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Tiny creatures allegedly began to eat the feet and legs of Australian 16-year-old Sam Kanizay, leaving him in pools of blood.

 

Tiny creatures began eating Australian teen Sam Kanizay alive during his recent visit to a Melbourne beach. These tiny creatures left the 16-year-old bleeding profusely. So bad were the injuries to his legs and feet that he spent three days in a Melbourne Hospital. While experts deem Kanizay’s experience as rare, it has left local beach goers wary of entering the water.

Wary locals include famous Aussie footy player, Koby Steven, who plays with St. Kilda’s Saints. Stevens described at a press conference on the 7th of August how he and fellow team mates narrowly escaped the same fate.

 

OMG! Could these Tiny Sea Creatures Eat You Alive?
OMG! Could these Tiny Sea Creatures Eat You Alive?

 

Lysianassid Amphipod

Marine biologist, Genefor Walker-Smith, of Museums Victoria suggested that the most likely culprit was a type of sea-flea. With the scientific name of Lysianassid Amphipod, this tiny creature is a common scavenger in oceans around the globe. These tiny creatures “clean” the seas by scavenging for dead and decaying sea-life. Walker-Smith explained to ABC News: “If we did not have them, we would have a sea full of dead fish and dead birds.

But why would these scavengers attack living flesh? Experts suggest that there are a number of factors as to why this unlikely attack occurred to Kanizay. Walker-Smith suggests that the extended length of time that the teen stood in the cold waters gave the tiny creatures an opportunity to feast on his feet and legs.

Kanizay had stood in the cool waters of Brighton’s Dendy Street Beach after a day of playing footy, and he wished to use the cold water to bring relief to his weary feet and legs. Allegedly, Kanizay spent around 30 minutes standing in water up to his mid-calves, without moving.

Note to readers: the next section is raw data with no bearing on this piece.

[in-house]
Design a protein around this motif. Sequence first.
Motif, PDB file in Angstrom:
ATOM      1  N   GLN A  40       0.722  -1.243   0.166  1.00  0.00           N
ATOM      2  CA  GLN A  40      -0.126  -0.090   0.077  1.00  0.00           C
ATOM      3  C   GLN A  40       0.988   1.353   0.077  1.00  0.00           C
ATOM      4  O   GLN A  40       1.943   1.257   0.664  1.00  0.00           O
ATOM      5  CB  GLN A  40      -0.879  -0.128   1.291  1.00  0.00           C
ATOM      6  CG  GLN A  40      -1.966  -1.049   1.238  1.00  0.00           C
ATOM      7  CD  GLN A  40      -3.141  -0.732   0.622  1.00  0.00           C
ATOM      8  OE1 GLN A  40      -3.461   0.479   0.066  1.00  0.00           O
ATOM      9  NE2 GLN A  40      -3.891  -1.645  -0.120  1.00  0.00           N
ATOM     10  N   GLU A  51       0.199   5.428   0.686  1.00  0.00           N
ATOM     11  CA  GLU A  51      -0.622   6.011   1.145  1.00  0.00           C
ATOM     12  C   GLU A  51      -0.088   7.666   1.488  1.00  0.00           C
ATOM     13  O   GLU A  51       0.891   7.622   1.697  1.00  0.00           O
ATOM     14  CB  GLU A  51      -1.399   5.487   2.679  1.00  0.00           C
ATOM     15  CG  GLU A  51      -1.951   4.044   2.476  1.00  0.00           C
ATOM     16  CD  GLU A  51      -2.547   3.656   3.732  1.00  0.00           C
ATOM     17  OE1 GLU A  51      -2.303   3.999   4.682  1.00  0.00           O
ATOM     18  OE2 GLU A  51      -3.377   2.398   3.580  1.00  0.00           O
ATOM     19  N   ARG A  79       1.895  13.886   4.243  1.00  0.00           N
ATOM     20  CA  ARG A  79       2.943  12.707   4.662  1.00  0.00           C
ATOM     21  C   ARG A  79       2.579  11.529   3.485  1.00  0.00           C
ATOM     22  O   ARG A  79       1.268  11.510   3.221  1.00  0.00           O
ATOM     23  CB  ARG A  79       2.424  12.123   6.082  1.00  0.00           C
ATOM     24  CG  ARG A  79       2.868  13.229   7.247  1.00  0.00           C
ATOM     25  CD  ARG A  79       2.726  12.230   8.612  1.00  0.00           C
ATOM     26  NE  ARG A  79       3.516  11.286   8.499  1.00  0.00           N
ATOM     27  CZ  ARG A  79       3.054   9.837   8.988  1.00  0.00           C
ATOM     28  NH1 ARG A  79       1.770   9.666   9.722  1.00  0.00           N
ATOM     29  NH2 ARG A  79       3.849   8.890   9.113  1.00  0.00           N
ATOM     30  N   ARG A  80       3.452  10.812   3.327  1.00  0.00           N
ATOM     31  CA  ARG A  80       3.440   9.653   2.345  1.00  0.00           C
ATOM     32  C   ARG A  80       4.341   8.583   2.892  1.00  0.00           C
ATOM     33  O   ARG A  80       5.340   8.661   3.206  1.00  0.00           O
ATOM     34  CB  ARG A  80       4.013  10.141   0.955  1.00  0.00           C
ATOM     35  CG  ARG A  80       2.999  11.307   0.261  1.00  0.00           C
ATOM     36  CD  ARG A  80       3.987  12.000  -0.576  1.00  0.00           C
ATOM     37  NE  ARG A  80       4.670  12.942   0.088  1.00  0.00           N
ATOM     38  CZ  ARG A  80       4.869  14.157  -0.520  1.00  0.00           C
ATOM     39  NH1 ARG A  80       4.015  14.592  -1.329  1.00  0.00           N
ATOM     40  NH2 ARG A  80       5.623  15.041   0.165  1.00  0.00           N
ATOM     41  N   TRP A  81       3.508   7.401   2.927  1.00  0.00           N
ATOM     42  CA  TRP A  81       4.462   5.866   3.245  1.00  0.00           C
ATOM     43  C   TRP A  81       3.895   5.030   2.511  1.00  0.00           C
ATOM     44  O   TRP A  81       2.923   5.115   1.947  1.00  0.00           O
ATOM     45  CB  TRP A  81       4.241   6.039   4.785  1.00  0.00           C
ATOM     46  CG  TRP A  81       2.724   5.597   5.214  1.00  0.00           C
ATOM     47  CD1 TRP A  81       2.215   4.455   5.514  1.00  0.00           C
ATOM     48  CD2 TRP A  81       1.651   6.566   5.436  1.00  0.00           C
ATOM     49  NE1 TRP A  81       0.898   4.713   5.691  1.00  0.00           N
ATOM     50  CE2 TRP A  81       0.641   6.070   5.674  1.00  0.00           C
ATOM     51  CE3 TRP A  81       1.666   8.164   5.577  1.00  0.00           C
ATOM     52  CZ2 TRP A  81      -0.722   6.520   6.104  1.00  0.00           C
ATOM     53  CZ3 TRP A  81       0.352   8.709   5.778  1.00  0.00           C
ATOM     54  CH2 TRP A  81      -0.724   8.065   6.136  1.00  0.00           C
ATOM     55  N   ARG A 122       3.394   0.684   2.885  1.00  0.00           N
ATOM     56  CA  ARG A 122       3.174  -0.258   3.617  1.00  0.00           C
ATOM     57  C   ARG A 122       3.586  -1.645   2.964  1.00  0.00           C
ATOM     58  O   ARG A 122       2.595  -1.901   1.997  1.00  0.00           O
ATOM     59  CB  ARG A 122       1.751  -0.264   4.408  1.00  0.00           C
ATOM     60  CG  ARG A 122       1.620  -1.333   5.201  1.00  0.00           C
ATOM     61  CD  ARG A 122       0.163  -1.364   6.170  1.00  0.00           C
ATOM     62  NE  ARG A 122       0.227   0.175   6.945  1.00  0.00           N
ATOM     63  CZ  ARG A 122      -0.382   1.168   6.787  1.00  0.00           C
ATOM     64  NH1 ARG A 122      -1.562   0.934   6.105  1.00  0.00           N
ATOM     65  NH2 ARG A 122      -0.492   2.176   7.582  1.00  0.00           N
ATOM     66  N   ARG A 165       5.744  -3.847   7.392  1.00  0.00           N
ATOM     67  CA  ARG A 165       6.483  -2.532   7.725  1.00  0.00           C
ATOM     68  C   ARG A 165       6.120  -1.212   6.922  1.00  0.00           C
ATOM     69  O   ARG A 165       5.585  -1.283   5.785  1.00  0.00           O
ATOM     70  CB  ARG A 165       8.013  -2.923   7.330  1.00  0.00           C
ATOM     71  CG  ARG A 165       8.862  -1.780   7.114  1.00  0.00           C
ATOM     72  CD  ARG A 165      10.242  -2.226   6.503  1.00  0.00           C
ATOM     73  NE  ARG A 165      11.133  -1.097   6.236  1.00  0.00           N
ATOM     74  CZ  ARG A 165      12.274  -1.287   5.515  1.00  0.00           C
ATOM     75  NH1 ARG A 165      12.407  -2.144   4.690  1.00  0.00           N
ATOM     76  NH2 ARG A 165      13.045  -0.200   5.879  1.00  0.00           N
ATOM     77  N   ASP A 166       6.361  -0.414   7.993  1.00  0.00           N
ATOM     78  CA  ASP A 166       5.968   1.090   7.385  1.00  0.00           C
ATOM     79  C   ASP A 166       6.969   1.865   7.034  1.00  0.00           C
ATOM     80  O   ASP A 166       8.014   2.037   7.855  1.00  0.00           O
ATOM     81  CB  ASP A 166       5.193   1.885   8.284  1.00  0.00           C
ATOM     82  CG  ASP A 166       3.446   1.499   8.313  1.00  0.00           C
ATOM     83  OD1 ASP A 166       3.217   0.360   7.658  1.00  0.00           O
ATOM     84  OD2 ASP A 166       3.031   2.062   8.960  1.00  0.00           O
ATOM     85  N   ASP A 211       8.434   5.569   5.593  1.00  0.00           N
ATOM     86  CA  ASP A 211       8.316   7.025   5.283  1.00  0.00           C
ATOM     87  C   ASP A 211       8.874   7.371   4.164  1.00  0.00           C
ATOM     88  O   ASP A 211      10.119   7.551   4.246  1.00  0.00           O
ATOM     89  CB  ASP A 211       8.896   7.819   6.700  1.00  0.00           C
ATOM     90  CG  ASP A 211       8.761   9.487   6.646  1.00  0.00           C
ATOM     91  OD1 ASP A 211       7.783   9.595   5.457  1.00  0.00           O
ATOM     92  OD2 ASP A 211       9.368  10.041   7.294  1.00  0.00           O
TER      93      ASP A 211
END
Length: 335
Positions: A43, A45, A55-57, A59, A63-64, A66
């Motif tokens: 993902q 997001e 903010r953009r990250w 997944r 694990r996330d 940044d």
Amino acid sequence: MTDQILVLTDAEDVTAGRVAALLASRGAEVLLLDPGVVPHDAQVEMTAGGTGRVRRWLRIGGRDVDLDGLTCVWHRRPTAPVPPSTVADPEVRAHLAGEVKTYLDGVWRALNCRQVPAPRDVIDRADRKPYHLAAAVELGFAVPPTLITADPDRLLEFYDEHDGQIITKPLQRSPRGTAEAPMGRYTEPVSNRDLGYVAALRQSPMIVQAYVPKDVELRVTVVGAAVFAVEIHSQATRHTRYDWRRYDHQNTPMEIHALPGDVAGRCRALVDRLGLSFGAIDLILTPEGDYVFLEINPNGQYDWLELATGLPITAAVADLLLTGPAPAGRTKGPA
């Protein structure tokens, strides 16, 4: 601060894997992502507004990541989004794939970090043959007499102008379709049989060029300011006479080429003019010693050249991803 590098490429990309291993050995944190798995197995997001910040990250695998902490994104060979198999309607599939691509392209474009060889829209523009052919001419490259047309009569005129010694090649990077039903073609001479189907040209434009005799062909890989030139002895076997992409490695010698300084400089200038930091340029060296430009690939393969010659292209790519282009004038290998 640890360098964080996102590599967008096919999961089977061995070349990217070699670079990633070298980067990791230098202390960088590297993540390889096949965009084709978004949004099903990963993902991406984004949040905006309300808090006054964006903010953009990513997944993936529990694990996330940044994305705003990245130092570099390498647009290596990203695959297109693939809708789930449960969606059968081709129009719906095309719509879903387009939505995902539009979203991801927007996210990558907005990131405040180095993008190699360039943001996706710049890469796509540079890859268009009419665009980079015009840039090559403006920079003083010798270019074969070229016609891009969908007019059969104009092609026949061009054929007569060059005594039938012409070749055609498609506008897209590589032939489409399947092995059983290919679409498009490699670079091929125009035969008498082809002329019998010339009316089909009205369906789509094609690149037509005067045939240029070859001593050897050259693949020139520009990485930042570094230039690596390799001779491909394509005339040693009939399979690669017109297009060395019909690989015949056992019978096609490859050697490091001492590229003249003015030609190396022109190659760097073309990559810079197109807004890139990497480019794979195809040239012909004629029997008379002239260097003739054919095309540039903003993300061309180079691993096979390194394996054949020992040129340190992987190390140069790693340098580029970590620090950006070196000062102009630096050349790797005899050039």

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In the wrong place at the wrong time

Additionally, Walker-Smith suggests that the cold winter waters in the southern hemisphere right now could have numbed Kanizay’s skin sufficiently enough to enable him to remain oblivious to the tiny sea creatures attacks.

Also, the sheer quantity of these tiny creatures that had accumulated to create such horrific damage was likely due to, as marine biologist Richard Reina pointed out, strong westerly winds. Normally, there is simply not that volume of sea-fleas in the water at any one time. In other words, Kanizay was literally in the wrong place at the wrong time.

 

It wasn’t until Kanizay left the water and began attempting to put his shoes on that he noticed he was bleeding profusely. When he attempted to wash off the blood, he noticed what he described as “hundreds of little pinholes.” What was most distressing for the teen, was that the blood would not stop flowing. It was for this reason that his parents rushed him to hospital. Experts assume that similar to leeches, this species of sea-flea must contain an anticoagulant.

 

Could it have been something else?

Kanizay collected a sample of the tiny creatures in the sea that he believed had begun to eat him alive – literally. Yet despite the speculation that this was indeed the culprit, many people wonder if the actual culprit was something else. Marine expert, Michael Brown, suggests that the true source of Kanizay’s frightening injuries was likely jellyfish larvae. In an interview with Channel Seven, he doubted that sea-fleas could inflict such severe damage.

Other theories abound, including that of a local swimmer who claimed that a friend had developed similar injuries to Kanizay, during the Australian summertime, six months earlier. According to her, she believes that a stingray was the culprit of his injuries.

Nevertheless, the inability to stem the blood flow of Kanizay’s injuries was very mysterious indeed. This has left beach goers everywhere concerned that they may fall victim to a similar fate. Kanizay, however, is not letting the experience deter him from swimming in the sea again in the future.

 

References: news.com.au, telegraph.co.uk, sbs.com.au